Atari

Atari

The granddaddy of all platform and handheld game stations, the Atari Video Computer System remains a classic. In the tradition of trench warfare and bayonets, Atari maintains its appeal despite its antiquity. And, like Kleenex or Xerox, the word itself became synonymous with the activity it represented. In the late 70s and early 80s, nobody played video games at home; they played Atari. One had to go to the arcade or to the corner of the local sandwich shop to play video games. Atari, on the other hand, offered a comparable selection of games, required no quarters, and could be played at all hours from the comforts of your living room.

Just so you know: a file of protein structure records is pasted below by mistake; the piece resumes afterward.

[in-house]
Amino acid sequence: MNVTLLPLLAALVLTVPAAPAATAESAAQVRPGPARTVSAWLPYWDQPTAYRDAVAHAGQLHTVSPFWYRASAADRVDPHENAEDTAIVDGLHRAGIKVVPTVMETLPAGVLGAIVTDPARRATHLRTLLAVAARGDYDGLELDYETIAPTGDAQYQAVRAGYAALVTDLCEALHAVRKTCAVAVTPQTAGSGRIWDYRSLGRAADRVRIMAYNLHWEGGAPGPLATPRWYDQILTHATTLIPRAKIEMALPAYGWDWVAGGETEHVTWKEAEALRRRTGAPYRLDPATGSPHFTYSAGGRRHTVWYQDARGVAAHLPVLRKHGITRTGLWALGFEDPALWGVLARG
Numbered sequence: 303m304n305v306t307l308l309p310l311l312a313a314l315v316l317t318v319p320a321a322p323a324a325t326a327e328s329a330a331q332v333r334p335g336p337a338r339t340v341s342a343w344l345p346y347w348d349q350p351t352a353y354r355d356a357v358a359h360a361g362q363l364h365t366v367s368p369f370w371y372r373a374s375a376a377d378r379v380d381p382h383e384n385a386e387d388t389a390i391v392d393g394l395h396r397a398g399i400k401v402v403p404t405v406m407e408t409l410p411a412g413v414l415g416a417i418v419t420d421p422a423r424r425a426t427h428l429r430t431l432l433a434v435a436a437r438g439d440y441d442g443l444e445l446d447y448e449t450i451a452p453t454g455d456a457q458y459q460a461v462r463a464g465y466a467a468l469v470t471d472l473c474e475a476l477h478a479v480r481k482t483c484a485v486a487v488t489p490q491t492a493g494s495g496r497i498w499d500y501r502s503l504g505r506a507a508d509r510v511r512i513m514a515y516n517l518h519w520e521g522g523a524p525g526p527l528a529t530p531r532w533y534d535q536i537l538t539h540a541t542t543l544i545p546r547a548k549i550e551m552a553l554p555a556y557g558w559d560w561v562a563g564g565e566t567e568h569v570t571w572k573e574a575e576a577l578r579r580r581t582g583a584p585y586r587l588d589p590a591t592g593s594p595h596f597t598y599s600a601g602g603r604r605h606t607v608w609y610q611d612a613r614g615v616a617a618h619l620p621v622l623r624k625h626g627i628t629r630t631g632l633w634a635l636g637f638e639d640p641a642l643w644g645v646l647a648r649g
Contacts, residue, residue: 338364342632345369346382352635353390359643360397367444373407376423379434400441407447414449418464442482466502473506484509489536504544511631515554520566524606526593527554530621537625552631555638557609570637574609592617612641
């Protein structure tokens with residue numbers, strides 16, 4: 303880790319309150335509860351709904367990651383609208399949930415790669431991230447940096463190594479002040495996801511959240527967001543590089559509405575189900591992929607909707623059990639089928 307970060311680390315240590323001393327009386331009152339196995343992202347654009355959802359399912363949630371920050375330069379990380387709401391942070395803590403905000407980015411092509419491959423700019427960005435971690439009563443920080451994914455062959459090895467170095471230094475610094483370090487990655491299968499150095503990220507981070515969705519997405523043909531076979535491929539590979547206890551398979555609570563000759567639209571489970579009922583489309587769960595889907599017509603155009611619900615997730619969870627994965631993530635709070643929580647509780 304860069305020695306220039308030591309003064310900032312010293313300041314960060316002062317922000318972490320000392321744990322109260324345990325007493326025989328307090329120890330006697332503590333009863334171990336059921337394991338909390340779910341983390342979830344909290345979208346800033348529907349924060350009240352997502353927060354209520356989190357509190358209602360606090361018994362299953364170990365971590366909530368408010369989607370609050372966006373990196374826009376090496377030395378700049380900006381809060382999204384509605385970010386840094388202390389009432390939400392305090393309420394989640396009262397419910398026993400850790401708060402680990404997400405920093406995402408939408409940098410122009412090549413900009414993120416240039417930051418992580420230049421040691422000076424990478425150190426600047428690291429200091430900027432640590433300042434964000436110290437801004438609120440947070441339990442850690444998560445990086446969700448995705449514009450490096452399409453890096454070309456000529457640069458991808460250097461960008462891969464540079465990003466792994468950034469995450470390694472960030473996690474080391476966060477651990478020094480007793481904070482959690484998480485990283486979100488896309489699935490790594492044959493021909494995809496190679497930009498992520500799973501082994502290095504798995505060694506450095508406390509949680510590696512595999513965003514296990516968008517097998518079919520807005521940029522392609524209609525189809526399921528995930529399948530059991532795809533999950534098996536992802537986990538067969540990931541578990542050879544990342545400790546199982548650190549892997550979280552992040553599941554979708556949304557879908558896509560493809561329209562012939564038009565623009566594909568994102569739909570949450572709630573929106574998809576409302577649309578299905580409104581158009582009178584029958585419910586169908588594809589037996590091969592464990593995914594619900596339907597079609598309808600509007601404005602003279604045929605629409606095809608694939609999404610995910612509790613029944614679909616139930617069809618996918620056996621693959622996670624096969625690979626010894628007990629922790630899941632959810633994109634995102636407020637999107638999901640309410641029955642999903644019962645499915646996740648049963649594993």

Although the Odyssey actually introduced the concept five years prior, Atari was the first to successfully bring the platform game system into the home. No one could have predicted that the small plastic box with a wood-grain finish, option switches, and two sets of controllers would not only become the must-have toy trend of the eighties, but also usher in the multi-billion dollar home gaming era. Face it: it was hard enough to anticipate Pitfall Harry’s next obstacle, let alone the future of an emerging industry that would one day be known simply as “video games.”